There are a couple of characters who always pop up in my Columbia discussion classes. You know who they are—anyone who’s had two weeks of Contemporary Civilization could pick them out.
There’s Defensive Christian, Angry Jewish Guy, Awkward Token Engineer Who Thought Lit Hum Would Be Fun, and Zoned Out Athlete.
And we prize each and every one. How could we claim to be the recipients of a liberal arts education without experiencing the cherished annual Columbia College tradition of watching DC and AJG fight over whether the Book of John was the work of a half-deranged member of a radical Jewish sect or of divine prophecy? I shudder at the thought.
But if there’s one person whom I cannot get behind (metaphorically speaking), it’s Feel-Good Fannie.
I love Fannie. She’s always there to chastise those of us who enjoyed Pride and Prejudice a little too much, letting us know that the book is, in fact, a heteronormative trash novel that seeks eternal male suzerainty. In a club meeting this weekend, I am happy to report that I spent 10 minutes locked in an existential battle with her over whether the scientific word “fieldwork” in a potential flier was too reminiscent of slavery—a valuable use of time, to be sure. In a seminar discussion on the First Amendment today, Fannie let us know that debate topics that “could offend others” should be prohibited entirely.
Scratch that. I freaking hate Feel-Good Fannie.
Usually, she is a minor annoyance: the politically correct policewoman who ensures none of us step over the line and confront issues too directly. Why risk stepping on people’s toes when you can refuse to walk completely? But today felt like a step too far—it is a dangerous line of thinking. While squashing the expression of differing opinions might be fulfilling, it does little to advance debate or confront logical fallacies in either argument. Rather, it brushes diverging opinions under the rug, creating an environment where it is uncomfortable to express minority opinions for fear of condemnation and censure.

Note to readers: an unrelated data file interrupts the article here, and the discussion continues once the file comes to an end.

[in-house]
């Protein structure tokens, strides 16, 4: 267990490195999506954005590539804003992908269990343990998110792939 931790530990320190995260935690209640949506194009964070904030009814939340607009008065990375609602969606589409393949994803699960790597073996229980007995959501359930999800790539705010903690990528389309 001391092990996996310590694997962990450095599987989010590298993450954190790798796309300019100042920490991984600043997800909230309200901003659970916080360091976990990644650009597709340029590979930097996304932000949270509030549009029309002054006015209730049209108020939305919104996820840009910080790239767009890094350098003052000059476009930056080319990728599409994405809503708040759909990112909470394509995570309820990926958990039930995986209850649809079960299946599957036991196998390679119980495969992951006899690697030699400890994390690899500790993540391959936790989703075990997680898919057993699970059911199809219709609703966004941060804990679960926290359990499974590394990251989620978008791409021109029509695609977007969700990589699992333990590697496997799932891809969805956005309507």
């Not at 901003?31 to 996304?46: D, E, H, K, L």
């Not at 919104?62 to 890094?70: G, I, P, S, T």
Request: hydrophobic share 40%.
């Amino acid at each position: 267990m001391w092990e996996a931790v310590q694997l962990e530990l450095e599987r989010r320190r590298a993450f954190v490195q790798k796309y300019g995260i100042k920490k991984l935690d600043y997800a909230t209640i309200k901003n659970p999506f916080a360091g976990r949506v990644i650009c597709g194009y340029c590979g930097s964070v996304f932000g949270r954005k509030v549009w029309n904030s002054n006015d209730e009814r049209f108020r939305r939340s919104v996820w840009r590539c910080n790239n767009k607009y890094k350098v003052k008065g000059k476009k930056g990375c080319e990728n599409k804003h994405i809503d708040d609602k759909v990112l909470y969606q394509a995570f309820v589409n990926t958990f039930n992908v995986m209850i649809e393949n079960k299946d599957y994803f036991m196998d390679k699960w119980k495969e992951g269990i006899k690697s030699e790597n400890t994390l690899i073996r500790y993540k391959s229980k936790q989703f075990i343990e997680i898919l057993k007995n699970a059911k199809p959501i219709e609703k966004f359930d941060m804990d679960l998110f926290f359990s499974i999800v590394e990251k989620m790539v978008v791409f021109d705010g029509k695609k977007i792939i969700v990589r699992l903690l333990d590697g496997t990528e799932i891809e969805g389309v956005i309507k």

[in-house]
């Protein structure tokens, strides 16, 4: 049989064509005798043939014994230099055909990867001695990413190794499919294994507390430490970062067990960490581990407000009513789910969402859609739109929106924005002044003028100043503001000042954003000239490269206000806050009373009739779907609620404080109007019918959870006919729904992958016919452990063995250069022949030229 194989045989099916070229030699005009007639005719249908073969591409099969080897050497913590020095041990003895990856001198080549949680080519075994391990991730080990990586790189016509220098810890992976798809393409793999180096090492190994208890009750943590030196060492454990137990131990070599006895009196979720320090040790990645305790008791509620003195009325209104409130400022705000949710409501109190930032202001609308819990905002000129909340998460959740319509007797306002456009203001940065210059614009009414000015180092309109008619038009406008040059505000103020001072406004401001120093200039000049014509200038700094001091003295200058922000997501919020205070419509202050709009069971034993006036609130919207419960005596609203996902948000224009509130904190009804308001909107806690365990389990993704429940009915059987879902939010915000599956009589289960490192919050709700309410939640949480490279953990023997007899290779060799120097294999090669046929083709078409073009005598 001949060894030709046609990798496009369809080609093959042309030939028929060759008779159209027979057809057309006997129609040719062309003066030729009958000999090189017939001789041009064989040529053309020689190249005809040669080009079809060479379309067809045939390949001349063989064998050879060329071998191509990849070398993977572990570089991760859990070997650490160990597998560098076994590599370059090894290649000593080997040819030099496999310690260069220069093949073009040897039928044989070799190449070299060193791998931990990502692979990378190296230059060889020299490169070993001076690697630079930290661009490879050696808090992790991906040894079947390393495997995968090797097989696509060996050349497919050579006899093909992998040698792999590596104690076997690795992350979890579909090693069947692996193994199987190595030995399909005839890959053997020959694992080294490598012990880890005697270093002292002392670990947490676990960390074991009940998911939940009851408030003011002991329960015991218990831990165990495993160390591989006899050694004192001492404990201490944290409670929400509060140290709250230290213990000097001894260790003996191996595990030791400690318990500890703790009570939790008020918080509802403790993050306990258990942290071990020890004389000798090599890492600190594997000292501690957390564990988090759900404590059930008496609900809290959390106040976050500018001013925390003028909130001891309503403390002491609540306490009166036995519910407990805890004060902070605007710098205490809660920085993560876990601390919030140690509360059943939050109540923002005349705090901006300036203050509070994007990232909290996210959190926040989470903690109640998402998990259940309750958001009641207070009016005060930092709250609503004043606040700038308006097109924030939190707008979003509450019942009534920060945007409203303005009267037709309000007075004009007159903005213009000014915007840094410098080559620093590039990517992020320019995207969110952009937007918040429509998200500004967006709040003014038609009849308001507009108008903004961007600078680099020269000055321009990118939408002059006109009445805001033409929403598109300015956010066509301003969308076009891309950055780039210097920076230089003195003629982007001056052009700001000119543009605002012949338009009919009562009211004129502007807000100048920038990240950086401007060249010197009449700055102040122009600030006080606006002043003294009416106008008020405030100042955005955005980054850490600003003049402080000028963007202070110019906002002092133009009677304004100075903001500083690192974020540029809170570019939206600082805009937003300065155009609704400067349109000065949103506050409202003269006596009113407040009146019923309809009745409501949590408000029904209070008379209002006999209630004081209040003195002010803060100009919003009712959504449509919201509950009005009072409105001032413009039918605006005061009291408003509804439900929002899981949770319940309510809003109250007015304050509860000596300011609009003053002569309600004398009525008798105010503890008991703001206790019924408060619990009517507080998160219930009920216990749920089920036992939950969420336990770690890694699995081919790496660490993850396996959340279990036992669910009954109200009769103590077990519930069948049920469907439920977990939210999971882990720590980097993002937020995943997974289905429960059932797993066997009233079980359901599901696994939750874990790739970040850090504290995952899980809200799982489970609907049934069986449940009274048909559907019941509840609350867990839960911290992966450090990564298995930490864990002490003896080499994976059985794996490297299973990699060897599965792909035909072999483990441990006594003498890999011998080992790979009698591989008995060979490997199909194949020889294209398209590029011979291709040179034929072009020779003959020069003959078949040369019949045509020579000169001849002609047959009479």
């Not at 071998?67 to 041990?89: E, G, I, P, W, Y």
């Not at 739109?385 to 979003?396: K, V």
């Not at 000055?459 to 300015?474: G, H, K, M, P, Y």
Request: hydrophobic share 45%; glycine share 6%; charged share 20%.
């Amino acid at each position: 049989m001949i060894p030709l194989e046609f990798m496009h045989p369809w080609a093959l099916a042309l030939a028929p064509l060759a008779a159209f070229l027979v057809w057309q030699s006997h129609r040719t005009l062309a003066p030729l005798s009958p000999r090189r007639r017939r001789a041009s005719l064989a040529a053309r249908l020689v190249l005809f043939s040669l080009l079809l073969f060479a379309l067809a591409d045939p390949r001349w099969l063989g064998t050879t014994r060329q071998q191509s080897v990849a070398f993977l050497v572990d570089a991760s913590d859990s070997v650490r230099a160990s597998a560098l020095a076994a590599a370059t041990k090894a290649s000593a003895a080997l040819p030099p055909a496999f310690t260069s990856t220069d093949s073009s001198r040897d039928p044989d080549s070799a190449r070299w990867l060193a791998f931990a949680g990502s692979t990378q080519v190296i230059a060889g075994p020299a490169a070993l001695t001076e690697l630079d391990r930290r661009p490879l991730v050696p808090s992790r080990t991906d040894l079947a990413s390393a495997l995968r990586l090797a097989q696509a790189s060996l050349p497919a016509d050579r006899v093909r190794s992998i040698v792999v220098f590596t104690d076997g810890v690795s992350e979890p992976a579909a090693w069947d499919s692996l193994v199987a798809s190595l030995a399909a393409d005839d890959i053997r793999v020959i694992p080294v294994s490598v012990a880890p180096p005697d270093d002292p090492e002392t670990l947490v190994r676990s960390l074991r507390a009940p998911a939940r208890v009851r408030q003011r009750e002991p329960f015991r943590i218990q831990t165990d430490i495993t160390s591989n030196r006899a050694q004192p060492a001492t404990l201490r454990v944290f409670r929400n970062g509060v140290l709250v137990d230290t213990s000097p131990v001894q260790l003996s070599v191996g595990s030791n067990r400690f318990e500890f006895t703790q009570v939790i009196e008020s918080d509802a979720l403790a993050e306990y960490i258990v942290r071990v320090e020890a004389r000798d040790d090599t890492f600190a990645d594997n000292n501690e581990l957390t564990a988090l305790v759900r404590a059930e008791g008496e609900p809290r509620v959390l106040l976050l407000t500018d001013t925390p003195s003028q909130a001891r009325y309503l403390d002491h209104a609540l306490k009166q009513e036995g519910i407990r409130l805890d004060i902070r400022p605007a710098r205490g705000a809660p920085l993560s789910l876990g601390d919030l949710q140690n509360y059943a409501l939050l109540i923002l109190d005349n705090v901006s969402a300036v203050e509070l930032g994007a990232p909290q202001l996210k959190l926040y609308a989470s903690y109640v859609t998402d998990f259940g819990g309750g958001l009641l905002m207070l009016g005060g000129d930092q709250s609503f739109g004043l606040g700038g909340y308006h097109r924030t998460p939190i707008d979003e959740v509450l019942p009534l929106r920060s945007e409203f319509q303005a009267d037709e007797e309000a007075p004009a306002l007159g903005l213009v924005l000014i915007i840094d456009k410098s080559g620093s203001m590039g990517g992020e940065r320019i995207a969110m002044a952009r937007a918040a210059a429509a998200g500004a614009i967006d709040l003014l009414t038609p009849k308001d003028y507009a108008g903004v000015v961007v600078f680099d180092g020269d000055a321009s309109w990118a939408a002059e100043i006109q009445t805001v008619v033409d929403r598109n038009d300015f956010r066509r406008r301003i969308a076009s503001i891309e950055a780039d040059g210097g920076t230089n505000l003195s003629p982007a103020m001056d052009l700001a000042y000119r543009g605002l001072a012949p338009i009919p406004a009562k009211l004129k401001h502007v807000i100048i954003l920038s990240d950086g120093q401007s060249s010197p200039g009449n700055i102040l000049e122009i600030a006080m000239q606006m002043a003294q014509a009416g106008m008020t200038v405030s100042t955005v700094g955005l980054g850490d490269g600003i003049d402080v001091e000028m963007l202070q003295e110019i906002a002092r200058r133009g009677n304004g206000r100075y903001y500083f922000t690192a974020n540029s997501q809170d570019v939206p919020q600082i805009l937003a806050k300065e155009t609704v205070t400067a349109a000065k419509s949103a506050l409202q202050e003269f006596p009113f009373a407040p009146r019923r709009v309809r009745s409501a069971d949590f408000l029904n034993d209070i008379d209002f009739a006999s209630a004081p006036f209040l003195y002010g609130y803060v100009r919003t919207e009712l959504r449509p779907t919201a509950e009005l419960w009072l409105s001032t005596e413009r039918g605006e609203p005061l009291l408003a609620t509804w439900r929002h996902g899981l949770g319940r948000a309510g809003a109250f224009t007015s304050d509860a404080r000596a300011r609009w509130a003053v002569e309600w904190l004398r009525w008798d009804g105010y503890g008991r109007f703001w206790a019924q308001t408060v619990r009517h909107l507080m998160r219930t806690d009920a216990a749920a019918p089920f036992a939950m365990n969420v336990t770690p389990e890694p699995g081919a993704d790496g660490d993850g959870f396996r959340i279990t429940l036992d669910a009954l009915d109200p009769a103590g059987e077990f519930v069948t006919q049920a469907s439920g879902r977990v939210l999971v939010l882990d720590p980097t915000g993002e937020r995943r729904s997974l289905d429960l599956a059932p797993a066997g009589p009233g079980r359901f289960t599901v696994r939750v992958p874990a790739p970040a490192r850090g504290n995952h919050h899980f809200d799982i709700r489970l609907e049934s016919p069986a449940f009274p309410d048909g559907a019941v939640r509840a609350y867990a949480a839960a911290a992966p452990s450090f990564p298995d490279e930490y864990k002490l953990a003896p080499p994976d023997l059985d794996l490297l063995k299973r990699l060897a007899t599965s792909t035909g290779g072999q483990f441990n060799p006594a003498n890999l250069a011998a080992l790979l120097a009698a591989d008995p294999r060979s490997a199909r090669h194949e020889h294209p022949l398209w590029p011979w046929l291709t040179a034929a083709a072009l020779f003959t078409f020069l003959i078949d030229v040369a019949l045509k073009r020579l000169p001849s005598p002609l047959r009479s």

College should not be easy. It should be tough—it should push your judgments to their limits. It should force you to re-evaluate yourself in light of new perspectives and information. I have yet to meet the 18-year-old who had the world figured out. I would hope that exposure to new people and ideas would make you re-examine preconceptions and confront them with a renewed vigor and open mind. Who wants a university of unanimous, quiet agreement, where no one speaks up for fear of offending someone else? I didn’t come to Columbia, or New York for that matter, to hear the same PC Maureen Dowd taglines dropped every time we approach a “touchy subject.” I came here because I wanted to be argued with.
Unfortunately, I feel that too often we take the easy way out. We condemn and disparage foreign or uncomfortable positions without looking into the arguments and circumstances behind them. Take gay marriage, for example. Have you ever heard someone on campus seriously argue against its passage? I have not—as a somewhat-casual member of the College Republicans, I would be well placed to hear that debate should it occur. Is it then true that 100 percent of Columbians are in support of equal marriage rights? It’s possible, but doubtful. Polling shows only a slim majority of Americans are supporters. I find it highly unlikely that Columbia is so detached from the American consensus that we are all ardent opponents of Prop 8. Yet not once have I heard someone voice support on this campus for “traditional marriage.” I hesitate at resurrecting the ghastly specter of the safe spaces “debate,” but anyone who had the unfortunate privilege of attending that forum sober could tell you that the alleged “dialogue” would be better branded a tawdry exercise in censorship through bullying.
This is not to say that all speech is valid—the recent firestorm over Barnard-related Bwog comments comes to mind. A line should be drawn somewhere: A burning cross demonstration on the Sundial would (although protected under law) be unwelcome. Regardless, could we not encourage a little more difference of opinion? Could we react with a touch less outrage and derision? We get it—you’re pro-choice. You think pro-life people are women-hating zombies who rise up from Iowa and Minnesota every two years to fill Congress with Tea Partiers. But guess what—they exist, and they come bearing argument. Is it right to restrict their opinion under the guise of “political correctness” and fear of offending someone else? At the very least, we can agree that silencing them does not change minds. Open and frank discussion is necessary for us to achieve any hope of understanding. I can’t help feeling that Feel-Good Fannie only gets in the way.
Andrew Godinich is a Columbia College junior majoring in sociology and Portuguese studies. He is the Latin America and Caribbean affairs correspondent for the Columbia Political Review. Too Be Frank runs alternate Thursdays.